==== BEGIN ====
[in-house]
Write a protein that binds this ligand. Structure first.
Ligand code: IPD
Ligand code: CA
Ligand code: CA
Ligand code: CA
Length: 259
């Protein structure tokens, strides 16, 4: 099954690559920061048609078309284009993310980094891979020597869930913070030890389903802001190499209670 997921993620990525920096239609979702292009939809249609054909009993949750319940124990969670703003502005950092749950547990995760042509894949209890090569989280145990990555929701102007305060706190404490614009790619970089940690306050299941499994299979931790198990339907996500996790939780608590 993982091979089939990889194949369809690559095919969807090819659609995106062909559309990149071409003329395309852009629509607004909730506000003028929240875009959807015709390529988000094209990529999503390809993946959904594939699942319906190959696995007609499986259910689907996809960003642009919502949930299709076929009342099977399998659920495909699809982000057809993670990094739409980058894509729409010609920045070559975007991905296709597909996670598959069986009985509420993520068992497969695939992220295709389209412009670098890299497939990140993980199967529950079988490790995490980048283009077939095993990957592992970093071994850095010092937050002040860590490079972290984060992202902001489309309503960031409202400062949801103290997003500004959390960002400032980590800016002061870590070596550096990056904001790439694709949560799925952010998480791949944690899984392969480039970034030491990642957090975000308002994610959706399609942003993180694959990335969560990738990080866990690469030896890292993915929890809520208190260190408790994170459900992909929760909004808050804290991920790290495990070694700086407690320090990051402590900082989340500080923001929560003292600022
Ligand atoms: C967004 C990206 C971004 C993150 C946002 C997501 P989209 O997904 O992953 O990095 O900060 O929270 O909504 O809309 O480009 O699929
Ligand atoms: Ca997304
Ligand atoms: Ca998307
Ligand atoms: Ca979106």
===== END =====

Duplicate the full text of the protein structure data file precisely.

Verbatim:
[in-house]
Write a protein that binds this ligand. Structure first.
Ligand code: IPD
Ligand code: CA
Ligand code: CA
Ligand code: CA
Length: 259
């Protein structure tokens, strides 16, 4: 099954690559920061048609078309284009993310980094891979020597869930913070030890389903802001190499209670 997921993620990525920096239609979702292009939809249609054909009993949750319940124990969670703003502005950092749950547990995760042509894949209890090569989280145990990555929701102007305060706190404490614009790619970089940690306050299941499994299979931790198990339907996500996790939780608590 993982091979089939990889194949369809690559095919969807090819659609995106062909559309990149071409003329395309852009629509607004909730506000003028929240875009959807015709390529988000094209990529999503390809993946959904594939699942319906190959696995007609499986259910689907996809960003642009919502949930299709076929009342099977399998659920495909699809982000057809993670990094739409980058894509729409010609920045070559975007991905296709597909996670598959069986009985509420993520068992497969695939992220295709389209412009670098890299497939990140993980199967529950079988490790995490980048283009077939095993990957592992970093071994850095010092937050002040860590490079972290984060992202902001489309309503960031409202400062949801103290997003500004959390960002400032980590800016002061870590070596550096990056904001790439694709949560799925952010998480791949944690899984392969480039970034030491990642957090975000308002994610959706399609942003993180694959990335969560990738990080866990690469030896890292993915929890809520208190260190408790994170459900992909929760909004808050804290991920790290495990070694700086407690320090990051402590900082989340500080923001929560003292600022
Ligand atoms: C967004 C990206 C971004 C993150 C946002 C997501 P989209 O997904 O992953 O990095 O900060 O929270 O909504 O809309 O480009 O699929
Ligand atoms: Ca997304
Ligand atoms: Ca998307
Ligand atoms: Ca979106």